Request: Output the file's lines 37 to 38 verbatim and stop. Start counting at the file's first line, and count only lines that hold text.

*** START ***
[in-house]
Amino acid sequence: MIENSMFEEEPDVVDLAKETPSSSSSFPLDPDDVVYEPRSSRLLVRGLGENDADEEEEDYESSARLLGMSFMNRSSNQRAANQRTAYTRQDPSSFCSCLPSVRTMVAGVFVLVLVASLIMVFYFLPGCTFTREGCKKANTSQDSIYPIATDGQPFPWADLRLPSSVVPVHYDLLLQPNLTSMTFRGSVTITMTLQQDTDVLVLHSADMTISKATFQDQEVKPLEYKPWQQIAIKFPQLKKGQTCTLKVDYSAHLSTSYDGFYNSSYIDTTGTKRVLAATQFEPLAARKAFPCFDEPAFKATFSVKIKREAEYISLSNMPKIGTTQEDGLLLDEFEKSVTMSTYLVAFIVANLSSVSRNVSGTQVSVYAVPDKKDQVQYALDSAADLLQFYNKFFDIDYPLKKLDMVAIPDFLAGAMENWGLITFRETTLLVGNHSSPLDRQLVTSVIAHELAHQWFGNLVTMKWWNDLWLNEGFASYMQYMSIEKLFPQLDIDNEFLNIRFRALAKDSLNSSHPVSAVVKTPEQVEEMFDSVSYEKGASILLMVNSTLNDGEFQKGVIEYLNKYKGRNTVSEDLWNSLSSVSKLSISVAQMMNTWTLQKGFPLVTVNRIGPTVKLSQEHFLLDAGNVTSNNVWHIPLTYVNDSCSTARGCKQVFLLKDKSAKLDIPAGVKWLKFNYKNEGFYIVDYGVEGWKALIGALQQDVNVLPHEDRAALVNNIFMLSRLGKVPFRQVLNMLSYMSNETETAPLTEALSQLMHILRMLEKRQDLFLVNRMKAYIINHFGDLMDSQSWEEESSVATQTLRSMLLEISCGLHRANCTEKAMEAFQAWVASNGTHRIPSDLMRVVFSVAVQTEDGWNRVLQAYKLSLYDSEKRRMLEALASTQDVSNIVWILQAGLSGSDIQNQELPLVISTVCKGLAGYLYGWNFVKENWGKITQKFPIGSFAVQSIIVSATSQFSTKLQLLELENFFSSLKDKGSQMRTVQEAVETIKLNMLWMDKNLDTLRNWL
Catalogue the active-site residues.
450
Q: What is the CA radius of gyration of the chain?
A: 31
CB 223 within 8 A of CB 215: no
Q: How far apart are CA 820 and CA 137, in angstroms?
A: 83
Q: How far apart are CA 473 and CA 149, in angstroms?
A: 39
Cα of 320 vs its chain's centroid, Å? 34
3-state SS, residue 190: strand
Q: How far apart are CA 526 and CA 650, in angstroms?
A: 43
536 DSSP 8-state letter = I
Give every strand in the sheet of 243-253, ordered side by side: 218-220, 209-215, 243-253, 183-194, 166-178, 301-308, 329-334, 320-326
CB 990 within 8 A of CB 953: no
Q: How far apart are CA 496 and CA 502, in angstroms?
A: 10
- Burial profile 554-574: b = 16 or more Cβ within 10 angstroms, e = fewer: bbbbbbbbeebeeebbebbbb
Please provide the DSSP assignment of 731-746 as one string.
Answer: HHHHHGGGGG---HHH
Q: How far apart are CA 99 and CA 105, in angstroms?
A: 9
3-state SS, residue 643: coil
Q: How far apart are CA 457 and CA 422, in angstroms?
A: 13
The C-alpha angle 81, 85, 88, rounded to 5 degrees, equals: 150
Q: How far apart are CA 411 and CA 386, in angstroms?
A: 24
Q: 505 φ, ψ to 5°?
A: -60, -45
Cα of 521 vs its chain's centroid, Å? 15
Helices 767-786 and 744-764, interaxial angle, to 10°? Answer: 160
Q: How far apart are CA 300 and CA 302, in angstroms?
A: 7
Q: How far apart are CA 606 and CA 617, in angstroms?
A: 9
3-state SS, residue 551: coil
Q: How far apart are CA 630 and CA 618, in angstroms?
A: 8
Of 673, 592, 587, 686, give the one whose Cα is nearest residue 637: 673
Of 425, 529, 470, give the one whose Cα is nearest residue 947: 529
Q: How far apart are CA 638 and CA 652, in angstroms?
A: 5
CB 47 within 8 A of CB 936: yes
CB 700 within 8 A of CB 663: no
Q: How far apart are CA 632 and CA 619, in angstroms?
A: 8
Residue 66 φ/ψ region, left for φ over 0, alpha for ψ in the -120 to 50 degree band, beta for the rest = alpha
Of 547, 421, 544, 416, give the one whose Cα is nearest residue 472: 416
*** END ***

A: 7
Q: How far apart are CA 606 and CA 617, in angstroms?